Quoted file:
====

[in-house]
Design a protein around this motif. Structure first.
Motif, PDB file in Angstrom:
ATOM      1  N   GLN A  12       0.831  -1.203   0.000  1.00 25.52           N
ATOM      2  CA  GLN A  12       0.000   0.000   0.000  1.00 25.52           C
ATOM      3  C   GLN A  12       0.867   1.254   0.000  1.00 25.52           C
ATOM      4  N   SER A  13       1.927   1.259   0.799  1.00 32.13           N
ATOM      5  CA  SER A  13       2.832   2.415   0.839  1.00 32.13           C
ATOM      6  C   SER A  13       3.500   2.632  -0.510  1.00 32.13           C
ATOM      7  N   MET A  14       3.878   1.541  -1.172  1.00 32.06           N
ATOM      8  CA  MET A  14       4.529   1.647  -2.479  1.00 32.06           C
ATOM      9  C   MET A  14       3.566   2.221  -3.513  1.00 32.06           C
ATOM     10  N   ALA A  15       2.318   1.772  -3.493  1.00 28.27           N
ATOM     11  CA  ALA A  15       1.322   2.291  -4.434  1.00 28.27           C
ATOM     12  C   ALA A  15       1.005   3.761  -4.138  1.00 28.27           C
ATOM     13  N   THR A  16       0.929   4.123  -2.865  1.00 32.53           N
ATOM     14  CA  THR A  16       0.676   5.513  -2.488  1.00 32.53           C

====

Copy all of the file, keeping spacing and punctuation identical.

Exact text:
[in-house]
Design a protein around this motif. Structure first.
Motif, PDB file in Angstrom:
ATOM      1  N   GLN A  12       0.831  -1.203   0.000  1.00 25.52           N
ATOM      2  CA  GLN A  12       0.000   0.000   0.000  1.00 25.52           C
ATOM      3  C   GLN A  12       0.867   1.254   0.000  1.00 25.52           C
ATOM      4  N   SER A  13       1.927   1.259   0.799  1.00 32.13           N
ATOM      5  CA  SER A  13       2.832   2.415   0.839  1.00 32.13           C
ATOM      6  C   SER A  13       3.500   2.632  -0.510  1.00 32.13           C
ATOM      7  N   MET A  14       3.878   1.541  -1.172  1.00 32.06           N
ATOM      8  CA  MET A  14       4.529   1.647  -2.479  1.00 32.06           C
ATOM      9  C   MET A  14       3.566   2.221  -3.513  1.00 32.06           C
ATOM     10  N   ALA A  15       2.318   1.772  -3.493  1.00 28.27           N
ATOM     11  CA  ALA A  15       1.322   2.291  -4.434  1.00 28.27           C
ATOM     12  C   ALA A  15       1.005   3.761  -4.138  1.00 28.27           C
ATOM     13  N   THR A  16       0.929   4.123  -2.865  1.00 32.53           N
ATOM     14  CA  THR A  16       0.676   5.513  -2.488  1.00 32.53           C